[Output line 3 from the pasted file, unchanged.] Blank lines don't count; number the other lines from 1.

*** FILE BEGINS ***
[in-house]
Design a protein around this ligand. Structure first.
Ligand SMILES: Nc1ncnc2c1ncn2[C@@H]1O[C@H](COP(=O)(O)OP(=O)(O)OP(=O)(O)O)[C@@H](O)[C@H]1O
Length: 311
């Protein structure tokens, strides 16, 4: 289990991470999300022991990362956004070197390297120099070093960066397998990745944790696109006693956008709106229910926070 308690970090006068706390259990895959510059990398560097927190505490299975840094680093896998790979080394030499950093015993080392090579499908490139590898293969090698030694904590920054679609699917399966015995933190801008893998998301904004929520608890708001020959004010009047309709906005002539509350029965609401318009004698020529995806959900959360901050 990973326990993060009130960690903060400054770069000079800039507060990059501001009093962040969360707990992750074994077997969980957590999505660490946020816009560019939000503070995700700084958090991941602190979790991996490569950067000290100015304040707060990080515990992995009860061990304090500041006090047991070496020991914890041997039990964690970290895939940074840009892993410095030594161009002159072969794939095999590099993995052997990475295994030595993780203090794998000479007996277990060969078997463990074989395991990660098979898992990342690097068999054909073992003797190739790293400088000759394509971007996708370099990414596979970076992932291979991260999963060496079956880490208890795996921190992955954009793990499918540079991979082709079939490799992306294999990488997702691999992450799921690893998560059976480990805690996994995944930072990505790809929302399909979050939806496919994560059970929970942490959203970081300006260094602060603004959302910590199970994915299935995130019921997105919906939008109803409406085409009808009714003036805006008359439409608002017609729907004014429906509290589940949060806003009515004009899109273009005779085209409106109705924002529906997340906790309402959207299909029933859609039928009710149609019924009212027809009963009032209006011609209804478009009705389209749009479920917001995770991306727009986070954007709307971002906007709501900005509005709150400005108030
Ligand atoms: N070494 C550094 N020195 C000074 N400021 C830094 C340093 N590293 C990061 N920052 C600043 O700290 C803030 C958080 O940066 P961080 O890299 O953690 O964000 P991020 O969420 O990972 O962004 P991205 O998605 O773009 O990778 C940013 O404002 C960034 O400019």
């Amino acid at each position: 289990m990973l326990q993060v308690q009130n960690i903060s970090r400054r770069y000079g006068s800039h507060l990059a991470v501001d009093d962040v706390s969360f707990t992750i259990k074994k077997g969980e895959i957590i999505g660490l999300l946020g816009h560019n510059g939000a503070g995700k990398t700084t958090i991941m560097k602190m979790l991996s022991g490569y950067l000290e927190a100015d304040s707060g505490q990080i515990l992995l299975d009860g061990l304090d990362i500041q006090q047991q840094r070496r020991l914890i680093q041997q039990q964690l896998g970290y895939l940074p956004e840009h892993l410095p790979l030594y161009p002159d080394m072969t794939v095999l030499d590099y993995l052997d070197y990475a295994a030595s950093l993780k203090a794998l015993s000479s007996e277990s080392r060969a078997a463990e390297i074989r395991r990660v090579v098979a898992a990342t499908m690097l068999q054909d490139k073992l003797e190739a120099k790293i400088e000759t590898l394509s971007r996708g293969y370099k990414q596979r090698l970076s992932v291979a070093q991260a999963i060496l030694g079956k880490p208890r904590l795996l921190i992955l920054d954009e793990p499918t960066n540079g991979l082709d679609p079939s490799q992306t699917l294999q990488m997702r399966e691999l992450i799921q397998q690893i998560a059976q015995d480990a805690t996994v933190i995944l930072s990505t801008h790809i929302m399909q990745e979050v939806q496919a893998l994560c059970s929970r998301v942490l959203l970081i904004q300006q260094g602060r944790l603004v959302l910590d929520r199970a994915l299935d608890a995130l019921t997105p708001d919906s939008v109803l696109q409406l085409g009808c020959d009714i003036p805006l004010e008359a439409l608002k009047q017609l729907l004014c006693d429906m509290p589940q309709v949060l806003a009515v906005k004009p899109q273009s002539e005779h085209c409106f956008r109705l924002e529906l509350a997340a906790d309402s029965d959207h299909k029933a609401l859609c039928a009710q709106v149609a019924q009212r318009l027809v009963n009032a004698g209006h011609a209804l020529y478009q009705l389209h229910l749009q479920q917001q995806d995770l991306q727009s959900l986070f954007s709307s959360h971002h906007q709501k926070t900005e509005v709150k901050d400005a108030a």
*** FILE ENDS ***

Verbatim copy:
Ligand SMILES: Nc1ncnc2c1ncn2[C@@H]1O[C@H](COP(=O)(O)OP(=O)(O)OP(=O)(O)O)[C@@H](O)[C@H]1O